Goethe has said “Überall lernt man nur von dem, den man liebt”, and then it must be true. A child that is lovingly met and who loves its parents learns a loving attitude to its surrounding world, and keeps this basic attitude throughout life. Which is good, even if he or she comes to belong to those deciding the world's destiny. And should, contrary to expectation, he or she happen to become one of those deciding the world's destiny, that's good luck for us all—if their basic attitude is love and not violence. Future statesmen and politicians are formed in their character before they are even five years old—that's horrible but it is true.

And if we now look back at how children have been treated and raised so far as we can follow it through the times, hasn't it too often been a question of breaking their will with violence of some kind, either physical or psychological? How many children haven't gotten their first lesson in violence “von denen, die man liebt”, their own parents—and then passed this teaching on from generation to generation? “Spare the rod and spoil the child” you can read in the Old Testament. This, ever since written, many fathers and mothers have believed. They have diligently swung the birch and called it “love”. But all those “ruined boys” of whom there are so many at this moment in the world—the dictators, the tyrants, the oppressors, the tormentors of human beings—how was their childhood? That you ought to do some research into. I believe that behind most of them there is a tyrannic father or other raiser with a birch or a rod in the hand.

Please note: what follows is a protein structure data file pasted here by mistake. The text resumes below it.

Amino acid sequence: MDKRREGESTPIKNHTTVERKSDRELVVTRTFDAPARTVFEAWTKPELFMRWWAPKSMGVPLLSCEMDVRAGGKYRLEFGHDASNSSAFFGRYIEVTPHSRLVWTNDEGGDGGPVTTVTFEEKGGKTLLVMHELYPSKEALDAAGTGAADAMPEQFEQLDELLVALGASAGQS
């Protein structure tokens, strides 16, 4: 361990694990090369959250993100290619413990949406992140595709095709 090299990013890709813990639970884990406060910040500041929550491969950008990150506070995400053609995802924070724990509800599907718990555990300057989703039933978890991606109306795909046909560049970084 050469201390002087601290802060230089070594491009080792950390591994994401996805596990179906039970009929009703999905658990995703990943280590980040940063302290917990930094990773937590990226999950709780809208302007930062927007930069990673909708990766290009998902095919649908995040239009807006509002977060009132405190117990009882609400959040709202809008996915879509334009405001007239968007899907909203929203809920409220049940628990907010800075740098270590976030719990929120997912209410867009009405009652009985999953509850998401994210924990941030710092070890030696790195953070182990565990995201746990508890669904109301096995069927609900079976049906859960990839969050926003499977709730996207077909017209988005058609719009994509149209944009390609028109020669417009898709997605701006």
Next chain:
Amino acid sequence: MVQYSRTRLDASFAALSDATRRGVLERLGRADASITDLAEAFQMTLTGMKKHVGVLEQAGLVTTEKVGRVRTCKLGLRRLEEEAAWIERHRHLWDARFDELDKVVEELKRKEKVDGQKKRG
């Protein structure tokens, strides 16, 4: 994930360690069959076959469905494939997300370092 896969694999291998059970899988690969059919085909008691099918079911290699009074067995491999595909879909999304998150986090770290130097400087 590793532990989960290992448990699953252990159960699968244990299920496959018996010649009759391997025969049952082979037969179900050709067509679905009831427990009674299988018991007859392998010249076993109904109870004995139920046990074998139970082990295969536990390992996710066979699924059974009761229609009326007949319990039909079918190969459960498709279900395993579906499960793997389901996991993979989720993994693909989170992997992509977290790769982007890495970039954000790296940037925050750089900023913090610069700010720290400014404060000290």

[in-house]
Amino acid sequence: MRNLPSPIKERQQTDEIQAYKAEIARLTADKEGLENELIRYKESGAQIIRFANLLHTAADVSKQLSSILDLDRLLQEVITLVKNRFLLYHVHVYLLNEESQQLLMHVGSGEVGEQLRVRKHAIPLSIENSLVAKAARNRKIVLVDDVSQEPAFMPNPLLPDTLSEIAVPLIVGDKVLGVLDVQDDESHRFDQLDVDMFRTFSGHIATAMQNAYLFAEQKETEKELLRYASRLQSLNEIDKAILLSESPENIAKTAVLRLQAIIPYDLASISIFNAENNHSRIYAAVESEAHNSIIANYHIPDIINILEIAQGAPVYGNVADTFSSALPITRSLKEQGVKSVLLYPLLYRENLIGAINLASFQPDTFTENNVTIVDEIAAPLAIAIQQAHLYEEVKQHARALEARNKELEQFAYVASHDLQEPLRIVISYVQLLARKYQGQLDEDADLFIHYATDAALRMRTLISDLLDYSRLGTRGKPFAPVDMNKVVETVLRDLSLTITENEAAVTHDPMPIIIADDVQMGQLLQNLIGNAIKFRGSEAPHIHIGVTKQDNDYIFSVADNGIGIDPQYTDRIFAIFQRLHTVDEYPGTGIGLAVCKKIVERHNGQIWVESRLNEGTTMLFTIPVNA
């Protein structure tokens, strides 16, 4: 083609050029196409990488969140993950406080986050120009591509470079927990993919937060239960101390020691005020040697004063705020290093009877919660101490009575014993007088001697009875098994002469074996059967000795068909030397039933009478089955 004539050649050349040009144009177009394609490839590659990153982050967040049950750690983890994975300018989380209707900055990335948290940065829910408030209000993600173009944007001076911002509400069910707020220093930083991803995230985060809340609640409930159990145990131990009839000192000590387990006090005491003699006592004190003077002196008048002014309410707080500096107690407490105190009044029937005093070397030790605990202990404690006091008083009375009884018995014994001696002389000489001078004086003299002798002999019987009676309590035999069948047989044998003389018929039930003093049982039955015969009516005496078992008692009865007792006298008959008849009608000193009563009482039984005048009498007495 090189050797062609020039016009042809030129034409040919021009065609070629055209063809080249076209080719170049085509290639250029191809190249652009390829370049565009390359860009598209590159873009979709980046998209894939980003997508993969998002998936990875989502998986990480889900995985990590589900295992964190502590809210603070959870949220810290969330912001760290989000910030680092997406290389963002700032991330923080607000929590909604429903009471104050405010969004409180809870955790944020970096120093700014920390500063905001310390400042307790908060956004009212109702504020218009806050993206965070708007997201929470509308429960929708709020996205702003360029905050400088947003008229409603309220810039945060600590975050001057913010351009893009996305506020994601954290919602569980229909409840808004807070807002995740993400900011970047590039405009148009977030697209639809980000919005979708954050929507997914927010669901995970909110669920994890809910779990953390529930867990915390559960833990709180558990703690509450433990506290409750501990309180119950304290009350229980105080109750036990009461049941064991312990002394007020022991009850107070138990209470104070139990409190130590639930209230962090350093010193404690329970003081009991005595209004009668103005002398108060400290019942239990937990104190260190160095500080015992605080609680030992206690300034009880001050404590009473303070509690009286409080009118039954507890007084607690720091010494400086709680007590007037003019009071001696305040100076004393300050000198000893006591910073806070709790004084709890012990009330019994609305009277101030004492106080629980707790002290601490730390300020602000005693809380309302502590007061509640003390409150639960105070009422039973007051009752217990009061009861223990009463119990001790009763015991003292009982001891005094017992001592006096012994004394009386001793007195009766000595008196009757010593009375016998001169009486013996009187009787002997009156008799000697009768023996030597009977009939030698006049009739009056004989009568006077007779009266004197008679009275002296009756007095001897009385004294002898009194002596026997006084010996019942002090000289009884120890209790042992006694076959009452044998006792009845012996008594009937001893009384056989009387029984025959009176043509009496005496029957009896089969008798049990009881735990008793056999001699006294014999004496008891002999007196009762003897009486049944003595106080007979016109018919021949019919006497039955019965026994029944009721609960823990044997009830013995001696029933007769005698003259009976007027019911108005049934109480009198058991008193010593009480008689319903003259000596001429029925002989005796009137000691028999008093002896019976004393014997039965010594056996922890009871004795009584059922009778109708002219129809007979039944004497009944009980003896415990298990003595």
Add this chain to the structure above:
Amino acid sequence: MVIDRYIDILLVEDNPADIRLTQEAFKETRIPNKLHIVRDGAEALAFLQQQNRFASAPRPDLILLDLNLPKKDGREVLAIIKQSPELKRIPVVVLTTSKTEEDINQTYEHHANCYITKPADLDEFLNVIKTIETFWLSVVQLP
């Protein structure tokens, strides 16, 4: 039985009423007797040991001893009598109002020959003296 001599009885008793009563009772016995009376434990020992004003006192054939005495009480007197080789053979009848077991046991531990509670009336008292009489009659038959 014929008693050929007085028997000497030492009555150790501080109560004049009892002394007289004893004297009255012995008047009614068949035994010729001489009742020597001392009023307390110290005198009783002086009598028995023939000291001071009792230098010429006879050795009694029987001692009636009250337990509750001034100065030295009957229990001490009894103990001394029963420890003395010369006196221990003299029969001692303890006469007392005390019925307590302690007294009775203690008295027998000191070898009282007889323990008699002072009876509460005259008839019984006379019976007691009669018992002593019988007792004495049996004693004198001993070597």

Mustn't you then become despaired when there are voices screaming for retrogression to old authoritarian systems? That is what is going on in many places in the world. Those who blame “too much freedom” and “too little strictness” in upbringing for youthful “misbehaviors” now want “harder grips” and “tightened reins”. This is to use Beelzebub to drive out the Devil and will only lead to more violence and bigger and more dangerous gulfs between the generations in the long term. Those much longed for “harder grips” would possibly “achieve” a superficial effect that its advocates could interpret as an improvement. Until, that is, they are gradually forced to notice that violence breeds violence—as it has always done.

Many parents are worried by those new signals and have begun to wonder if perhaps they have done wrong. Is an anti-authoritarian upbringing something objectionable? It is only if it becomes misunderstood.

An anti-authoritarian upbringing doesn't mean that children shall be left to care for themselves or to do precisely what they want. It doesn't mean they shall grow up without norms, by the way, or that they will reject them. Both children and adults need norms for conduct, and children learn more from their parents' example than from anything else. Of course a child shall have respect for its parents, but indeed—parents shall also have respect for their children and not abuse their natural advantage over them. A mutual, loving respect—that one wishes for both parents and for all children.